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4 Accessible Ways to Get Into Handstand Yoga Pose

A handstand is an inversion and an arm balance that shifts your perspective by going upside down!

There are many ways to prepare the body for handstands and practice to come into this posture. 

By stacking the joints from the wrists, shoulders, hips, heart, and head, the handstand becomes much easier to sustain. 

Please keep reading to see the four ways we offer handstands, with classes for beginners and advanced practitioners!

About Handstand:

Body Parts Targeted: wrists, shoulders, chest, core (abdominals), and hamstrings. 

How to Prepare:

Muscles to be strengthened: core, obliques, inner thighs, pectorals, and erectors (spinal muscles)

Muscles to be lengthened: hamstrings, shoulders, and wrists.


People recovering or who have wrist injuries, carpal tunnel syndrome, or migraines should avoid doing handstands until cleared by a doctor. 

People who are pregnant or menstruating and those who suffer anxiety should also avoid this inversion.

Poses to do instead of handstand include legs up the wall (viparita karani) or standing splits. You can also do a forearm stand to remove the weight from the wrists or donkey kicks from the down dog.

Here are four options to get into handstand 


Take an L-shape handstand using the wall – take the class Constantly Changing Vinyasa 

How to do it: 

Turn around to face the wall for an L-shape handstand.

Measure yourself on the wall by placing your feet flat on the wall.

Wherever your bum lands, one hand will go there. 

Turn around so your feet are against the wall and you’re facing the front of your mat; stack your shoulders over your wrists and lift your hips for a down dog with your heels on the wall.

Handstand Option 1: L-Shape on the Wall

  • Walk your feet up the wall from down dog 

  • Place your feet so that they are in line with your hips

  • Press your heels and ball of the foot against the wall to anchor

  • Press your hands against the ground and puff up the back body

  • Keep your shoulders stacked over your hands and draw your chest toward your thighs

Take your feet and knees to the ground and rest in children pose to feel the effects of what we’ve just done. 

Handstand Option 2: L-Shape on the Wall with Leg Lifts

  • Take the same shape we created in option 1, stay here, OR add to it by taking one leg off the wall at a time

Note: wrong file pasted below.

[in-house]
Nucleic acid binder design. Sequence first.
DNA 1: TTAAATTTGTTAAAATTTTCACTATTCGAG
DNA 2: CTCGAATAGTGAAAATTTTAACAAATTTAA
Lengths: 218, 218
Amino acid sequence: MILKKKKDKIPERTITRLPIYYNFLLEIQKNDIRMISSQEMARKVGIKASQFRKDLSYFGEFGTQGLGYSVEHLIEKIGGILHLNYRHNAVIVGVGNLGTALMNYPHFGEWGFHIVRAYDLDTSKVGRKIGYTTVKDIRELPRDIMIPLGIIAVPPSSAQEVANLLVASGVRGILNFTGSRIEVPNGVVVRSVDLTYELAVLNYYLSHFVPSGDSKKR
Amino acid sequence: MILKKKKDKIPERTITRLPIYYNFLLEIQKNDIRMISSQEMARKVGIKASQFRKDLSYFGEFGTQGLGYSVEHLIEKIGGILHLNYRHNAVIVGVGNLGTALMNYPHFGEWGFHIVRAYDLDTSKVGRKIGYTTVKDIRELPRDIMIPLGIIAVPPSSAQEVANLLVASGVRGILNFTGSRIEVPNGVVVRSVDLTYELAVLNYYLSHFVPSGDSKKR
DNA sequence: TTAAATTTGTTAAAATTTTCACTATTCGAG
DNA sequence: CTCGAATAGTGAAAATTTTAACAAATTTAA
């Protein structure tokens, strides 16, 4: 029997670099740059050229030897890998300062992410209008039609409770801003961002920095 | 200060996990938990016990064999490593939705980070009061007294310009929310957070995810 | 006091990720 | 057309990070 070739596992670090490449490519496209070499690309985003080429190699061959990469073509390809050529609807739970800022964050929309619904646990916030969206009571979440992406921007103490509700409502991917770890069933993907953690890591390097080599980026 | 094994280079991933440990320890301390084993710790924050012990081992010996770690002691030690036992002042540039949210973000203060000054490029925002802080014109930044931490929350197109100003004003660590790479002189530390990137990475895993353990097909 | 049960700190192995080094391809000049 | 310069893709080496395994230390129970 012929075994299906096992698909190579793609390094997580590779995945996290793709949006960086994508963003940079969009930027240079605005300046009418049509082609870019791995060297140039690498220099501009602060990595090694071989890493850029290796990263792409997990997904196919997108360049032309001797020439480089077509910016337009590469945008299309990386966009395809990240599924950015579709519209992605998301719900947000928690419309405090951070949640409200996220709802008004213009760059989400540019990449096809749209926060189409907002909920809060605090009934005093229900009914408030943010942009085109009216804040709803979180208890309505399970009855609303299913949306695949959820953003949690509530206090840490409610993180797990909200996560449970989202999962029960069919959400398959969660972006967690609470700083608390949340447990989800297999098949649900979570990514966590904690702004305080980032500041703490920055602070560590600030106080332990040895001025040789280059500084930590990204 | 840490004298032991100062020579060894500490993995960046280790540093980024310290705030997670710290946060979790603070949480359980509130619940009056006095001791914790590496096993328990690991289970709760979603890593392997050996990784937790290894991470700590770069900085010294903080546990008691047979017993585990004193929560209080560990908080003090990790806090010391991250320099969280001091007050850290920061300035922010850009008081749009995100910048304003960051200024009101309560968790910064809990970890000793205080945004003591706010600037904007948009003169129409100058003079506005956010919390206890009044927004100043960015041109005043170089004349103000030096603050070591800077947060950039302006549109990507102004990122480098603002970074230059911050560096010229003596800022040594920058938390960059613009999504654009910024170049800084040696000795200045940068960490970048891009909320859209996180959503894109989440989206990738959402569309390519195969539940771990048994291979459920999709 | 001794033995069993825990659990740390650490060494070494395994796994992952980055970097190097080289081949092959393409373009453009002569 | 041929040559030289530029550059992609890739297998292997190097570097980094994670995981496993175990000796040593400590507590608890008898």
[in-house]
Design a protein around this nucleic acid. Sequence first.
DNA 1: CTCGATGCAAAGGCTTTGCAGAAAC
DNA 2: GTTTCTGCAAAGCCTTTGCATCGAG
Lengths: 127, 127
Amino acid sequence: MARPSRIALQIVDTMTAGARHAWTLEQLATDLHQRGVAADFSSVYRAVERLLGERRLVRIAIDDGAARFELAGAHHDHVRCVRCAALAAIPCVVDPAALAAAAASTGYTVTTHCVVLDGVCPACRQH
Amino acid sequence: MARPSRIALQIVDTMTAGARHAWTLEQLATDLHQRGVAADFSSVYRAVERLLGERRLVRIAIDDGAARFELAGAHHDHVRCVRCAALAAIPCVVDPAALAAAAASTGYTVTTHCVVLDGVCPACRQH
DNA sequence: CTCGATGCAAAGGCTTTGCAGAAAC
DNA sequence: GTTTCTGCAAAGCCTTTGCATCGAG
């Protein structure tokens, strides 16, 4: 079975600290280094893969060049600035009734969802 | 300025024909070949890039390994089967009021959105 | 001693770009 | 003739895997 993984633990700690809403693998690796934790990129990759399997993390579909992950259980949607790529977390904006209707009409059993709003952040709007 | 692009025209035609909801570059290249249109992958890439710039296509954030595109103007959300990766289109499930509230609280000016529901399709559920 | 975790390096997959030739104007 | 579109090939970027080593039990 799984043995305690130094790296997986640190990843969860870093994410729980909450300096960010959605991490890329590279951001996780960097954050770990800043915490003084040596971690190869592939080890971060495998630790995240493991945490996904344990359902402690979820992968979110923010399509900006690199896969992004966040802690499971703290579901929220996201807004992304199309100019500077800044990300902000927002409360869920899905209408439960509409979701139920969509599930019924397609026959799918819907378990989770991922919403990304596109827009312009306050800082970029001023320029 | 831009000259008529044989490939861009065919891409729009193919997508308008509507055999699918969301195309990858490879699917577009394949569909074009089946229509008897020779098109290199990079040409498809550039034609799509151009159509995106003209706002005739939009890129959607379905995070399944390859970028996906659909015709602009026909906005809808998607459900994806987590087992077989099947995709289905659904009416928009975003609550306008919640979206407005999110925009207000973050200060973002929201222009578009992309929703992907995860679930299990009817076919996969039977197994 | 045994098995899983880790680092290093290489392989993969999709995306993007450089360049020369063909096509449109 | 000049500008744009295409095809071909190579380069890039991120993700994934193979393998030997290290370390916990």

• Anchor your feet up the wall at hip height

  • Bring your heels together so big toes touch

  • Press one foot where it is and lift the opposite leg to the sky

  • Reach from the heel toward the sky straight up out of your hip

  • Take five breaths here and switch legs.

Take a child’s pose to rest between sides. 


Split leg handstand hops – try the classes Stand On Your Hands + Quick Handstand + Softening the Grip.

How to do handstand hops off the wall:

  • Come to the middle of your mat with your palms about a foot away from the wall 

  • Come into a downward-facing dog

  • Walk your feet in towards your hands

  • Stack your shoulders over your wrists 

  • Lift one leg and point your toes toward the sky

  • Take little hops on the standing leg

  • Attempt to reach your extended toes toward the wall

  • Press the ground away from you with your hands

  • Take 3-5 hops on one side, and then switch

Take a child’s pose or seat and rest to feel the effect of this in your body. 


Kicking with the support of the wall – take Loss Vinyasa.

How to prepare:

Jump to a seat for core work:

  • Stack your knees over your hips 

  • Take your toes in line with your knees

  • Press your back and ribs into the earth

  • Take your palms to your thighs and press your legs away from you

  • Alternately, draw your legs in towards your palm

  • The resistance creates tension to strengthen the lower abdominal muscles

  • Inhale and press hands to thighs

  • Exhale and extend the same arm and leg on one side

  • Repeat six cycles total on one side, then switch sides

Handstand variations: